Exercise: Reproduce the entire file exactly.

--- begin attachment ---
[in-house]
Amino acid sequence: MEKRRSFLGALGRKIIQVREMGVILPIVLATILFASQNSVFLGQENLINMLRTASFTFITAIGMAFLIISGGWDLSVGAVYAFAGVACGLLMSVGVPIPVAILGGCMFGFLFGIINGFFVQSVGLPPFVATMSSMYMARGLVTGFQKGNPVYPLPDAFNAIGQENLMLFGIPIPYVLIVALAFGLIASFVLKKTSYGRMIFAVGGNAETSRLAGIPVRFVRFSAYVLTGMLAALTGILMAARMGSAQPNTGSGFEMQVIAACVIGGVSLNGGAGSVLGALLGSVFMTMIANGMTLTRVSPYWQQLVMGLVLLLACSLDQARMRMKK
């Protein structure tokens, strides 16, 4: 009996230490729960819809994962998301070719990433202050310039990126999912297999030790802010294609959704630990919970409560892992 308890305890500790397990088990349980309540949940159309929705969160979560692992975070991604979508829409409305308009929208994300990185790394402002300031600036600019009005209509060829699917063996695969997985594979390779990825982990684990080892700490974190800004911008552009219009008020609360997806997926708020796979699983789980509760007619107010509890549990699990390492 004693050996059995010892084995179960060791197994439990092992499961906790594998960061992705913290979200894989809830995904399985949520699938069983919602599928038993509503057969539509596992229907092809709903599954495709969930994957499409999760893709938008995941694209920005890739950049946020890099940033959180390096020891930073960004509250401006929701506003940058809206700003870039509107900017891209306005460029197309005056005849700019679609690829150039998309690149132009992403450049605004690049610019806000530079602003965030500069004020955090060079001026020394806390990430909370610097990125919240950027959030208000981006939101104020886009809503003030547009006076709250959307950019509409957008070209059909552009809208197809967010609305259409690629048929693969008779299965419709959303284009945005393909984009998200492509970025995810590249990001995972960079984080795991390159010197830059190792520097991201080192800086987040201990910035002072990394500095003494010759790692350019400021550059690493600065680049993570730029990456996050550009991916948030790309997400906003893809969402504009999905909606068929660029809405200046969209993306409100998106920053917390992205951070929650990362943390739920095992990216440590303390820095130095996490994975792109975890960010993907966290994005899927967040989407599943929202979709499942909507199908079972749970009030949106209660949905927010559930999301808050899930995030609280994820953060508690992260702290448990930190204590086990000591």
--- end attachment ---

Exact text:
[in-house]
Amino acid sequence: MEKRRSFLGALGRKIIQVREMGVILPIVLATILFASQNSVFLGQENLINMLRTASFTFITAIGMAFLIISGGWDLSVGAVYAFAGVACGLLMSVGVPIPVAILGGCMFGFLFGIINGFFVQSVGLPPFVATMSSMYMARGLVTGFQKGNPVYPLPDAFNAIGQENLMLFGIPIPYVLIVALAFGLIASFVLKKTSYGRMIFAVGGNAETSRLAGIPVRFVRFSAYVLTGMLAALTGILMAARMGSAQPNTGSGFEMQVIAACVIGGVSLNGGAGSVLGALLGSVFMTMIANGMTLTRVSPYWQQLVMGLVLLLACSLDQARMRMKK
């Protein structure tokens, strides 16, 4: 009996230490729960819809994962998301070719990433202050310039990126999912297999030790802010294609959704630990919970409560892992 308890305890500790397990088990349980309540949940159309929705969160979560692992975070991604979508829409409305308009929208994300990185790394402002300031600036600019009005209509060829699917063996695969997985594979390779990825982990684990080892700490974190800004911008552009219009008020609360997806997926708020796979699983789980509760007619107010509890549990699990390492 004693050996059995010892084995179960060791197994439990092992499961906790594998960061992705913290979200894989809830995904399985949520699938069983919602599928038993509503057969539509596992229907092809709903599954495709969930994957499409999760893709938008995941694209920005890739950049946020890099940033959180390096020891930073960004509250401006929701506003940058809206700003870039509107900017891209306005460029197309005056005849700019679609690829150039998309690149132009992403450049605004690049610019806000530079602003965030500069004020955090060079001026020394806390990430909370610097990125919240950027959030208000981006939101104020886009809503003030547009006076709250959307950019509409957008070209059909552009809208197809967010609305259409690629048929693969008779299965419709959303284009945005393909984009998200492509970025995810590249990001995972960079984080795991390159010197830059190792520097991201080192800086987040201990910035002072990394500095003494010759790692350019400021550059690493600065680049993570730029990456996050550009991916948030790309997400906003893809969402504009999905909606068929660029809405200046969209993306409100998106920053917390992205951070929650990362943390739920095992990216440590303390820095130095996490994975792109975890960010993907966290994005899927967040989407599943929202979709499942909507199908079972749970009030949106209660949905927010559930999301808050899930995030609280994820953060508690992260702290448990930190204590086990000591």